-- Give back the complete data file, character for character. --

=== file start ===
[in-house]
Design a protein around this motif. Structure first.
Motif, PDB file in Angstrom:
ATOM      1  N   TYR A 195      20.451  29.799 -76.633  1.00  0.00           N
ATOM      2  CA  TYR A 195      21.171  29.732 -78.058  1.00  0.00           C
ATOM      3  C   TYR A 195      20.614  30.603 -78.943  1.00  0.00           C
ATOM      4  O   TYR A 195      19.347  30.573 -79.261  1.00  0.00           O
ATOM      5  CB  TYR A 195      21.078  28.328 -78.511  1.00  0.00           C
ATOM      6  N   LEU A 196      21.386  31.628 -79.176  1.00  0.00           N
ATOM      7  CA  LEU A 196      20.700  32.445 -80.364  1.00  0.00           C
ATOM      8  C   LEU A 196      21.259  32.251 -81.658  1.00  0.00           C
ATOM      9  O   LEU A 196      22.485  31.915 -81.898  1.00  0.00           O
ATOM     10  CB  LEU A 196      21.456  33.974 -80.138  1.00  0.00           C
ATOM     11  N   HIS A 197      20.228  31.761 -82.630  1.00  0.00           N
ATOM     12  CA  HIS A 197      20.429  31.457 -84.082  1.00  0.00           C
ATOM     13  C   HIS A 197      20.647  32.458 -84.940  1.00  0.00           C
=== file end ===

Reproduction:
[in-house]
Design a protein around this motif. Structure first.
Motif, PDB file in Angstrom:
ATOM      1  N   TYR A 195      20.451  29.799 -76.633  1.00  0.00           N
ATOM      2  CA  TYR A 195      21.171  29.732 -78.058  1.00  0.00           C
ATOM      3  C   TYR A 195      20.614  30.603 -78.943  1.00  0.00           C
ATOM      4  O   TYR A 195      19.347  30.573 -79.261  1.00  0.00           O
ATOM      5  CB  TYR A 195      21.078  28.328 -78.511  1.00  0.00           C
ATOM      6  N   LEU A 196      21.386  31.628 -79.176  1.00  0.00           N
ATOM      7  CA  LEU A 196      20.700  32.445 -80.364  1.00  0.00           C
ATOM      8  C   LEU A 196      21.259  32.251 -81.658  1.00  0.00           C
ATOM      9  O   LEU A 196      22.485  31.915 -81.898  1.00  0.00           O
ATOM     10  CB  LEU A 196      21.456  33.974 -80.138  1.00  0.00           C
ATOM     11  N   HIS A 197      20.228  31.761 -82.630  1.00  0.00           N
ATOM     12  CA  HIS A 197      20.429  31.457 -84.082  1.00  0.00           C
ATOM     13  C   HIS A 197      20.647  32.458 -84.940  1.00  0.00           C